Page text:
4. unbound says

    And it’s not just Scalia. Alito, Thomas, Roberts and Kennedy with Scalia backed up the absolutely insane notion that people potentially being wiretapped can’t get a legal decision because the executive branch won’t disclose whether they are wiretapping the groups / people or not. Just claim state secret and the government can do anything they dang well please.

  5. iknklast says

    Of course, Scalia has said in the past that the 14th Amendment doesn’t apply to women, and women shouldn’t be able to take their issues to the court under its protection. Probably perpetuates gender entitlement if we try? Scalia is not a nice person.

  6. edithkeeler says

    I just finished reading the biography of Ida B. Wells by Paula Giddings (which is brilliant) – and makes this all so much the more infuriating given the violence and law used to restrict African American voting is one of the major themes of the book.

    (And of course the abundance of contemporary evidence on voter suppression ….)

  7. CatBallou says

    I’m very curious about the source of Scalia’s information about other societies that have adopted racial entitlements. Which societies would those be? Unless he’s talking about entitlement for whites, such as apartheid in South Africa, or the US before the Voting Rights Act?

  8. Richard Pourau says

    Disgraceful, though totally in keeping with Scalia’s ‘originalist’ position. If he had his way, most of the US laws which now protect its citizens in ways unimagined in the 18th century would be scrapped for being unconstitutional on the grounds that they’re not strictly in keeping with intentions of the Framers as they were when the First Constitution was ratified. Scalia is the relic that puts the ‘ultra’ in ultra-conservative.

  9. jose says

    Isn’t that guy a religious nut? I remember a Gould essay criticizing him for defending creationism with absurd arguments.

  10. says

    The kicker is, you know that Thomas was nodding his head in agreement as Scalia spoke.

    Someone ought to remind Scalia — forcefully — of the institutionalized anti-Catholic and anti-Italian bigotry that his “perpetuation of racial entitlement” helped to eliminate.

  11. testostyrannical says

    I feel like the full force of what’s probably going to happen has been obscured because of Scalia’s off the wall comment. SCOTUS is very likely going to overturn a law that was recently unanimously reauthorized by the Senate in 2006 because five conservative justices don’t think racism exists anymore (or, to be fair, don’t think it’s especially prevalent in the South). Even within the framework of judicial review, it doesn’t make any sense. I kind of think it’s a long game problem for the conservative justices: given the demographic trends, it may be a long time before another Republican president is elected. Scalia for sure doesn’t have that many years left in him, and he certainly doesn’t want to die on Obama’s watch. All these guys have a professional incentive to allow Republican state legislatures to rig the electoral system in whatever way will benefit their party the most.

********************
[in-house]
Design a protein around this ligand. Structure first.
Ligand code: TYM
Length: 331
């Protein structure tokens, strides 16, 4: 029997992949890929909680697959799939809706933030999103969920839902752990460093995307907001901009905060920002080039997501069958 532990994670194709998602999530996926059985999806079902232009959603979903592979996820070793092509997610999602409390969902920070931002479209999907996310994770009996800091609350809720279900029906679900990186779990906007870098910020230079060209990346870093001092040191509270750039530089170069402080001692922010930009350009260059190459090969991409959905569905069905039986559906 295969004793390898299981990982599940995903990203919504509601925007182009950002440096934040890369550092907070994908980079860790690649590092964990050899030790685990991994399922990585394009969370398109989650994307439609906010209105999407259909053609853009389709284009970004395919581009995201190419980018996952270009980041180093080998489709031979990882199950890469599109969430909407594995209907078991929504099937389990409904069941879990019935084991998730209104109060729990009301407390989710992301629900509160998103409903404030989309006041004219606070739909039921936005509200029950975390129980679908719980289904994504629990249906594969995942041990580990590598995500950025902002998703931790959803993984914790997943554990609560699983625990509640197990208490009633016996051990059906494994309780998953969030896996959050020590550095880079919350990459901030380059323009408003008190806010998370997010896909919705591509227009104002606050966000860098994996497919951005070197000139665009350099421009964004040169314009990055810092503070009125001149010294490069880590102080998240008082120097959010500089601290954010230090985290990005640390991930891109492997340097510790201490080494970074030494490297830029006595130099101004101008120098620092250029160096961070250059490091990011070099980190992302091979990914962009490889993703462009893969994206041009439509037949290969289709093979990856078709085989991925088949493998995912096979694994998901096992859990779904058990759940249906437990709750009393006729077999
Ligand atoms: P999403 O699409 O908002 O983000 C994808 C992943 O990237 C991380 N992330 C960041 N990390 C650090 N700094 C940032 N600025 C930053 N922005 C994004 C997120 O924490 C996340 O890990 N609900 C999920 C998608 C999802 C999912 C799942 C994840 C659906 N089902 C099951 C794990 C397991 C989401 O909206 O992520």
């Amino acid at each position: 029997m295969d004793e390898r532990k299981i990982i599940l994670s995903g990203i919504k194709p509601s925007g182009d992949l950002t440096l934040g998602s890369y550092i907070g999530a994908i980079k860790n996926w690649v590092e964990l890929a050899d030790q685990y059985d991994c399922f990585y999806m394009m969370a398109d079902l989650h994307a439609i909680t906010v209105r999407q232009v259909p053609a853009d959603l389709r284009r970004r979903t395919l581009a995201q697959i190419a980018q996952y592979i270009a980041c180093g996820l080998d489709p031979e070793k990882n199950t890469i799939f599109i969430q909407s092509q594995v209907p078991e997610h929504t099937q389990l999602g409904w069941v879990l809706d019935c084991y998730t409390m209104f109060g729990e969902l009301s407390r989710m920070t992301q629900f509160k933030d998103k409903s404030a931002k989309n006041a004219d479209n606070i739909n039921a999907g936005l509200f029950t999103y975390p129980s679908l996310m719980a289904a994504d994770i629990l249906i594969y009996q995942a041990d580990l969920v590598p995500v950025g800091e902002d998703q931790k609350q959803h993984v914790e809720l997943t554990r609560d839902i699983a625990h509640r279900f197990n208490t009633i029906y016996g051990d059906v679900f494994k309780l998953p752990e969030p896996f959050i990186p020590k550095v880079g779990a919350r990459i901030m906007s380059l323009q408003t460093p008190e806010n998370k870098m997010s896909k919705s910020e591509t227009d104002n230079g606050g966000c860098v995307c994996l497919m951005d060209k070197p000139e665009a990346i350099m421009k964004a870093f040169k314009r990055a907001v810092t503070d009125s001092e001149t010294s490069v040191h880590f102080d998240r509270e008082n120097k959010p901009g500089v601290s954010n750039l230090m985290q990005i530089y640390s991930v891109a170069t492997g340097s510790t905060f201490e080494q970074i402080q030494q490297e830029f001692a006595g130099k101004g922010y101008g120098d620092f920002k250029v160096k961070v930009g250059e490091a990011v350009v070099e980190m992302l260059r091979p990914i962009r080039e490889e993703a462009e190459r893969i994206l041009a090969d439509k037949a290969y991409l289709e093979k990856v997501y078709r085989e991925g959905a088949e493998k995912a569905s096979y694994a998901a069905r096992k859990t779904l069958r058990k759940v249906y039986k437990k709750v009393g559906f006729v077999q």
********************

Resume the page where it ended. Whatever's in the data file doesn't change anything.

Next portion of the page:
12. Claire Ramsey says

    OK. Fine.

    Scalia is a fascist conservative ultra-right-wing pseudo-intellect. His character is deeply flawed.

    In addition, he is sick. Maybe his frontal lobe. Sooner or later someone will connect his off the wall bizarre comments to a brain disease.

    Having a brain disease does not excuse his fascism. I do not excuse his horrible decisions on the bench. And I do not cast aspersions on others who suffer from brain diseases. My mother is one of them.

  13. lpetrich says

    I’d like to see Antonin Scalia suffer some of what he is so happy with. Like endure someone arguing that we ought to bring back some colonial-era laws and deny Catholics the right to vote because they are subjects of a foreign power and not True Christians.